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Thread: Scammers!!!

  1. #11
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    I met a guy and his son once who were hunting the same private land we were hunting. My buddy and I were almost done shooting our limits and the day was still young! I asked them how they were doing since they did not have a dog. They said they hadn't seen or shot a bird yet that day. I invited them to join us and I helped the son shoot his first rooster! That was a highlight of the day for me. teaching him how to watch the dogs, how to get ready for the flush, how to identify the rooster from the hen, even practice on when to release the safety. I like to think I made a hunter out of that dad and his son that day. I probably also helped out fellow breeders when they saw the difference a dog makes in the field. I wasn't scammed yet I hunted with someone I did not know and it turned out great for everybody!

  2. #12
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    goldenboy you reminded me of something I read the other day. I must admit hunting is my time to get away. Relax and unwind it is all about me. Something to think about.

    https://www.linkedin.com/pulse/selfi...-/?published=t

  3. #13
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    Oct 2016
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    Sioux Falls, SD
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    Quote Originally Posted by goldenboy View Post
    I met a guy and his son once who were hunting the same private land we were hunting. My buddy and I were almost done shooting our limits and the day was still young! I asked them how they were doing since they did not have a dog. They said they hadn't seen or shot a bird yet that day. I invited them to join us and I helped the son shoot his first rooster! That was a highlight of the day for me. teaching him how to watch the dogs, how to get ready for the flush, how to identify the rooster from the hen, even practice on when to release the safety. I like to think I made a hunter out of that dad and his son that day. I probably also helped out fellow breeders when they saw the difference a dog makes in the field. I wasn't scammed yet I hunted with someone I did not know and it turned out great for everybody!
    Great example of how it SHOULD be. This is the difference between creating an opportunity both for yourself & for somebody "less fortunate" (even when they're NOT begging for help) vs. being taken advantage of. Unfortunately, there are plenty of so-called "outdoorsmen" around who take advantage, simply for their gain, of the real outdoorsman, who has put forth the time, money, boot leather, etc. to find land, pheasants, & learn how to hunt them.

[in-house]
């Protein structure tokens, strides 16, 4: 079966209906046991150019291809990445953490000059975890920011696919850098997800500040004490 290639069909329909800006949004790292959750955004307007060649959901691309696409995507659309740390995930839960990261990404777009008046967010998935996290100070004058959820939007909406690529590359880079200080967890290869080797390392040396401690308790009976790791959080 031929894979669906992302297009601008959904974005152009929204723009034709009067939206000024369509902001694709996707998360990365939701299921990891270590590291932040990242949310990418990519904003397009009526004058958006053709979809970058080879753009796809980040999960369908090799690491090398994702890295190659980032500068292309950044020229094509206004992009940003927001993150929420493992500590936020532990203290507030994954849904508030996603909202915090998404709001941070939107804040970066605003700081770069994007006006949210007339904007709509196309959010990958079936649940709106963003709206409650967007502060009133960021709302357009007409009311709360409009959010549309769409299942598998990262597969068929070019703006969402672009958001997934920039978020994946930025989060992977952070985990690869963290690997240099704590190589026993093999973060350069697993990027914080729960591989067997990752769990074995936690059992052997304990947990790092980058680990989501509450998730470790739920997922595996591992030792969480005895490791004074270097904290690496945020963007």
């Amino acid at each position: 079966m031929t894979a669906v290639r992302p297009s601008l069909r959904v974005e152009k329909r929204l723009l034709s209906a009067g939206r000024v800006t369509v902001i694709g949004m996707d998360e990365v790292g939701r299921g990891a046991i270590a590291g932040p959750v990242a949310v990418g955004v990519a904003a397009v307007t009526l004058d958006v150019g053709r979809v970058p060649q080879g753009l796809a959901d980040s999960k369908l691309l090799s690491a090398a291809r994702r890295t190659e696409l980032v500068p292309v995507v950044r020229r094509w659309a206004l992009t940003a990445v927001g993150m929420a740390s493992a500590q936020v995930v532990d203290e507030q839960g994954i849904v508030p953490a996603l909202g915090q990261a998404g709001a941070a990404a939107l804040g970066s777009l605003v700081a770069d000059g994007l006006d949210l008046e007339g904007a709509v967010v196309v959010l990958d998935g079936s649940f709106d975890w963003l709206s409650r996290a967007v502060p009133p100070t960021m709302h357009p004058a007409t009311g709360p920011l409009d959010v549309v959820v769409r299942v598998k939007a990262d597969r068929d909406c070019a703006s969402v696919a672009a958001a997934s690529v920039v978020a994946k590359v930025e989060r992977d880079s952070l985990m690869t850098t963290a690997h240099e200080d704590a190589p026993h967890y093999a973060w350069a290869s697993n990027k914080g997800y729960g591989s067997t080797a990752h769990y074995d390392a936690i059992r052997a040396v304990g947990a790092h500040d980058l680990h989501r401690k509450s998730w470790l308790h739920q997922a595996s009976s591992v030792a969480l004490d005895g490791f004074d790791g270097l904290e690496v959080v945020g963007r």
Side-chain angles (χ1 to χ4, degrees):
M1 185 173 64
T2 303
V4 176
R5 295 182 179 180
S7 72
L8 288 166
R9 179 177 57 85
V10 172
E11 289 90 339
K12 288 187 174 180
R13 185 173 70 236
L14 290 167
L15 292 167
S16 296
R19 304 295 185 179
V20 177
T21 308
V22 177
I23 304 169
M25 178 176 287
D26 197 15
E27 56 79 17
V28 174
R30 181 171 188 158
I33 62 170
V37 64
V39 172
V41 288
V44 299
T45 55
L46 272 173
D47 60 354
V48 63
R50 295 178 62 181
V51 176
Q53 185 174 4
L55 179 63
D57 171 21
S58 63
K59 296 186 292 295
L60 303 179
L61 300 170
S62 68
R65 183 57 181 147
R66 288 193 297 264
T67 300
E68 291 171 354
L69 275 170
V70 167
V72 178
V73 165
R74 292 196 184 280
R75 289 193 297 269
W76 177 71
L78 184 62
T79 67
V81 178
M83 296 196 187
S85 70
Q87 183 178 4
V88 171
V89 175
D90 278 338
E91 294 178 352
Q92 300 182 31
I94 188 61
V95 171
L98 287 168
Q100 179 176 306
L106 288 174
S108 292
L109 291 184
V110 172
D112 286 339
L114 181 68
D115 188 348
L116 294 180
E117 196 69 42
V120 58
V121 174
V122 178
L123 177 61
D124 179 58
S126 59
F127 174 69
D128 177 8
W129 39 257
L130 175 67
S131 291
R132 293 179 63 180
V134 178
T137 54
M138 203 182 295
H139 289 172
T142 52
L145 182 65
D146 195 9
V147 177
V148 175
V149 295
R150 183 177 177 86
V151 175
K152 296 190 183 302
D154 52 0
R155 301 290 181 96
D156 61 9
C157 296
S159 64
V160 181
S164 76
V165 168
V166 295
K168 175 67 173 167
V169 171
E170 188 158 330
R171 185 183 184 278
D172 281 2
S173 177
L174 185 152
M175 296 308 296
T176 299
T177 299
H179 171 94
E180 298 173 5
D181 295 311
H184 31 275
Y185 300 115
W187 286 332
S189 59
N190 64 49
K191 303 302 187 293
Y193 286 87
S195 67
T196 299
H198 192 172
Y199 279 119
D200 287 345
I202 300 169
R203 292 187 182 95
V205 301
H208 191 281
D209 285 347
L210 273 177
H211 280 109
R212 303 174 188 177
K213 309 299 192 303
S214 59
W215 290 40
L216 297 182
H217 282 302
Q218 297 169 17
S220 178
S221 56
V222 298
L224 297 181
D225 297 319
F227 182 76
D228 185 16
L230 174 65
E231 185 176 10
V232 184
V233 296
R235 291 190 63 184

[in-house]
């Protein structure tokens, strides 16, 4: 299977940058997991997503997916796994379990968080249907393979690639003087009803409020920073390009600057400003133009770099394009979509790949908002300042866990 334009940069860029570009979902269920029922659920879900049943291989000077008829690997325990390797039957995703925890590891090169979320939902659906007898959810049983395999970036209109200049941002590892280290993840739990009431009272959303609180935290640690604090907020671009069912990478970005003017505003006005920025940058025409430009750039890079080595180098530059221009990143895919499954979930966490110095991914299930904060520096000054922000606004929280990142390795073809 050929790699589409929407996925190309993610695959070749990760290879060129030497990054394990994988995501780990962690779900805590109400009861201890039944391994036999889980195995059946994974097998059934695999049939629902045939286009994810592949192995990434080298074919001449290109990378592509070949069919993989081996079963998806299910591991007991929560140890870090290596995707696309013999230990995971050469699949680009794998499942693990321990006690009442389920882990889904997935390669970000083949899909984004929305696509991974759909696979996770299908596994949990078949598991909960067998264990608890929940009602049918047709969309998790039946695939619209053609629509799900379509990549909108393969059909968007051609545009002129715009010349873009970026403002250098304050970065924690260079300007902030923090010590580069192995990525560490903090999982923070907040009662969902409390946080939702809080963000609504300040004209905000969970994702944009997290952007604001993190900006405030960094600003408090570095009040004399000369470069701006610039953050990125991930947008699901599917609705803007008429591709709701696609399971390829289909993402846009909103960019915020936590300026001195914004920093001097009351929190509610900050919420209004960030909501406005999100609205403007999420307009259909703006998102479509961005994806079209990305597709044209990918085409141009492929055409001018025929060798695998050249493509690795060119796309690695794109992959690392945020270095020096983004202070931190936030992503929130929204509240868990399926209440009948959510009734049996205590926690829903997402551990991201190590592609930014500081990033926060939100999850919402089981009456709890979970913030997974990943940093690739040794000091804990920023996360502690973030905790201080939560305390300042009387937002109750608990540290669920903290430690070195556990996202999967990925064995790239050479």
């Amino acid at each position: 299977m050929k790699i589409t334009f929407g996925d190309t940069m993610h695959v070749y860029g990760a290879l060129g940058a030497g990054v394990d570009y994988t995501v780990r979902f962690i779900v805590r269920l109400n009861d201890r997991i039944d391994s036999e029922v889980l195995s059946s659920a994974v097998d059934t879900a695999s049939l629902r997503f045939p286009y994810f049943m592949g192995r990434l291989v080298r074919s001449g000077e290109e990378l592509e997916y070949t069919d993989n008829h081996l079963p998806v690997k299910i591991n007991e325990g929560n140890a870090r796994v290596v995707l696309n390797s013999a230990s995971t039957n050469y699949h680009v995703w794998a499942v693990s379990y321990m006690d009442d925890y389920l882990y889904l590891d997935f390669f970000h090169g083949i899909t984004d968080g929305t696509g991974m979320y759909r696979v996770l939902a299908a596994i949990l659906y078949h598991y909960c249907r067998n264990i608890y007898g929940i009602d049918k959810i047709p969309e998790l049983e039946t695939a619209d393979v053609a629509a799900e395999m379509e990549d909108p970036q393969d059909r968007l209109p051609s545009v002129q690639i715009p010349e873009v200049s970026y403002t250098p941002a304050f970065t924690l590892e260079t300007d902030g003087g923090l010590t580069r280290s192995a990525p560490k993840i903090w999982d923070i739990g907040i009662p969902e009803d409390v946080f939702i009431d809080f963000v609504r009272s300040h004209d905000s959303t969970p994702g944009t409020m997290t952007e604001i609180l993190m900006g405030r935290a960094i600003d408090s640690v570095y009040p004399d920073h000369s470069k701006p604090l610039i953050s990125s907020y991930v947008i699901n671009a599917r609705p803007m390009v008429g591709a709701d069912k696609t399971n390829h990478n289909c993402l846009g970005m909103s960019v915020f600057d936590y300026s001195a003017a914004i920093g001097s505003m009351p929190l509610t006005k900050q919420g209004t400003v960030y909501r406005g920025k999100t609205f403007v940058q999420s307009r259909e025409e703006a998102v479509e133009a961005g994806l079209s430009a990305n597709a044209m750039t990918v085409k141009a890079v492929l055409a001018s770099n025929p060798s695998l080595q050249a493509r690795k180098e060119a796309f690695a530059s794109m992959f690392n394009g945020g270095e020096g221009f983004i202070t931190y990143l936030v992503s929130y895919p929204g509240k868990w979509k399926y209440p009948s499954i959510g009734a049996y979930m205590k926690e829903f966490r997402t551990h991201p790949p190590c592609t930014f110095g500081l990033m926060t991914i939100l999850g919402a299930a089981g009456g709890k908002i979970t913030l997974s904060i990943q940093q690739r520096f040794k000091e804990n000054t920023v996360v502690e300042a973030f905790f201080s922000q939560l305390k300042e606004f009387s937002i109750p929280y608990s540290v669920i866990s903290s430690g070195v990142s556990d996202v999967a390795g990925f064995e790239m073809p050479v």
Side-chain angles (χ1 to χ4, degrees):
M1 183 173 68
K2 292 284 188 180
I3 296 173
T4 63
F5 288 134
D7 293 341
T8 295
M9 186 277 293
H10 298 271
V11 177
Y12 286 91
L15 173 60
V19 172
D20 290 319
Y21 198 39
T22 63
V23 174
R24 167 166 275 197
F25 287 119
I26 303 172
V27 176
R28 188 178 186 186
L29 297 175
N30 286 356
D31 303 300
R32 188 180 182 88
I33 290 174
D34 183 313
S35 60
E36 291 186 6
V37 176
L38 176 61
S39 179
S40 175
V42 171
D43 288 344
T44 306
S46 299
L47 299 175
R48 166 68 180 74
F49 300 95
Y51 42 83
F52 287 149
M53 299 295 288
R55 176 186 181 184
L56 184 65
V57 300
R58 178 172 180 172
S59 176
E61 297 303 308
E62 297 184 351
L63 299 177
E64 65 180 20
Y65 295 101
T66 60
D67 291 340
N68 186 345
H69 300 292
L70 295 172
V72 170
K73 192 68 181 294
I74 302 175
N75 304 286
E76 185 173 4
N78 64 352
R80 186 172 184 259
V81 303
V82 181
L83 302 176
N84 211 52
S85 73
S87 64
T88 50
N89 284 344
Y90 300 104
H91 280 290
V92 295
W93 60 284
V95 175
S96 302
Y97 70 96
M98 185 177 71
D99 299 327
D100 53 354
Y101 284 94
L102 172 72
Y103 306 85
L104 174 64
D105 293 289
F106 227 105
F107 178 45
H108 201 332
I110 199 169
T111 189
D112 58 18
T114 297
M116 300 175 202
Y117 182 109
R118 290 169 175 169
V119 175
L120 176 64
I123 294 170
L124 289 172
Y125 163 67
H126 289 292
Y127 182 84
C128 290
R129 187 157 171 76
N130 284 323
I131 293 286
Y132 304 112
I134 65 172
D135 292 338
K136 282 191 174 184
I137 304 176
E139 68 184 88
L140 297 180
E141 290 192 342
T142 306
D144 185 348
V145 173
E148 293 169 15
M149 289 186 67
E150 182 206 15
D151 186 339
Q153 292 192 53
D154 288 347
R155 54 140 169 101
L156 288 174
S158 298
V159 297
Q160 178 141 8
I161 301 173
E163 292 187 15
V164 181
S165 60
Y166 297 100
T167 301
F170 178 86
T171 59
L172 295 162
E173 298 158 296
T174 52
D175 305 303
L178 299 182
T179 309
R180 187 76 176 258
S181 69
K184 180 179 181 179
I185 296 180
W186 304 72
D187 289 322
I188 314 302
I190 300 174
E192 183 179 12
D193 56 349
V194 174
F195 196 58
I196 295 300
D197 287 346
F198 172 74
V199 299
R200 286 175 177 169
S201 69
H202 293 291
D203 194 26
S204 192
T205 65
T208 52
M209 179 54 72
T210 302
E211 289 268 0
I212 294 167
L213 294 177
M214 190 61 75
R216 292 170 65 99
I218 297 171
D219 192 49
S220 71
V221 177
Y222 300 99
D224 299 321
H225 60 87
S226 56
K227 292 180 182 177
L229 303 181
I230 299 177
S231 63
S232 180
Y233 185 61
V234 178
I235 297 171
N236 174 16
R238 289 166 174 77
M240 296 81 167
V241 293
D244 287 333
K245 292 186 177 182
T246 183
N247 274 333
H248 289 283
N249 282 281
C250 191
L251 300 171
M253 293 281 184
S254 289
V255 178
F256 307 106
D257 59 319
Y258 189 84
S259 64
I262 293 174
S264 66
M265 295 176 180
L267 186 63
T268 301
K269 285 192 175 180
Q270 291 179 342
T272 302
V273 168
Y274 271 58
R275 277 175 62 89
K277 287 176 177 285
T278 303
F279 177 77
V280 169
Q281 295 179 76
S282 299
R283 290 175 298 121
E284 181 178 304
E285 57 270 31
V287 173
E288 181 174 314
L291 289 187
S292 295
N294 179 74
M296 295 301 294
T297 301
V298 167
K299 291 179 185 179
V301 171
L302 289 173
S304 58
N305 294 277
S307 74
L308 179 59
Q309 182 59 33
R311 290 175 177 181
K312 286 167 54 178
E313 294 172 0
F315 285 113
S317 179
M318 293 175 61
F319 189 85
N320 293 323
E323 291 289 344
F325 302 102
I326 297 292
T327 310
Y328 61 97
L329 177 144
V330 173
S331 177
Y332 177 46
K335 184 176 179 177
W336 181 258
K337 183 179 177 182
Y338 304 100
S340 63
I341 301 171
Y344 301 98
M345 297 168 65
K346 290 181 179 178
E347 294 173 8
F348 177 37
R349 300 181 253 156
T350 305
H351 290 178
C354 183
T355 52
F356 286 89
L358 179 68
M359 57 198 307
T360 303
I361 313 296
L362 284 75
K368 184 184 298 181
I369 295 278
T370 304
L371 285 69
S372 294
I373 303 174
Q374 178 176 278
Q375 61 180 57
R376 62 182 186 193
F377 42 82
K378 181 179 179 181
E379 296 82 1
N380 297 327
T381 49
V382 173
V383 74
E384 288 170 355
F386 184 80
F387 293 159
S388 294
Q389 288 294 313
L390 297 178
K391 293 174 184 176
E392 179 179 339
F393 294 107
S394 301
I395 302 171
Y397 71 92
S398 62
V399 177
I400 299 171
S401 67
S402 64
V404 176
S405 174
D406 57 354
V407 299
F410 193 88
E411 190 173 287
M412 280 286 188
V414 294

"Deader is better."

  4. #14
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    Dec 2013
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    South York Co.
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    Quote Originally Posted by goldenboy View Post
    I met a guy and his son once who were hunting the same private land we were hunting. My buddy and I were almost done shooting our limits and the day was still young! I asked them how they were doing since they did not have a dog. They said they hadn't seen or shot a bird yet that day. I invited them to join us and I helped the son shoot his first rooster! That was a highlight of the day for me. teaching him how to watch the dogs, how to get ready for the flush, how to identify the rooster from the hen, even practice on when to release the safety. I like to think I made a hunter out of that dad and his son that day. I probably also helped out fellow breeders when they saw the difference a dog makes in the field. I wasn't scammed yet I hunted with someone I did not know and it turned out great for everybody!


    Thatís so awesome you did that.

    My question to you is, how and when do you know to trust or not trust someone to hunt over your dog(s)?
    safety wise.

    Ive had two people at different times hunt with me and my labs in the past. One could NOT keep his finger off the trigger, I had to constantly remind him of that and to stop walking like Elmer Fudd with his gun in a shooting position.
    The other one shot his gun, the barrel was to my left 5í away from my ear while ground swatting a bird a few feet away from my dog.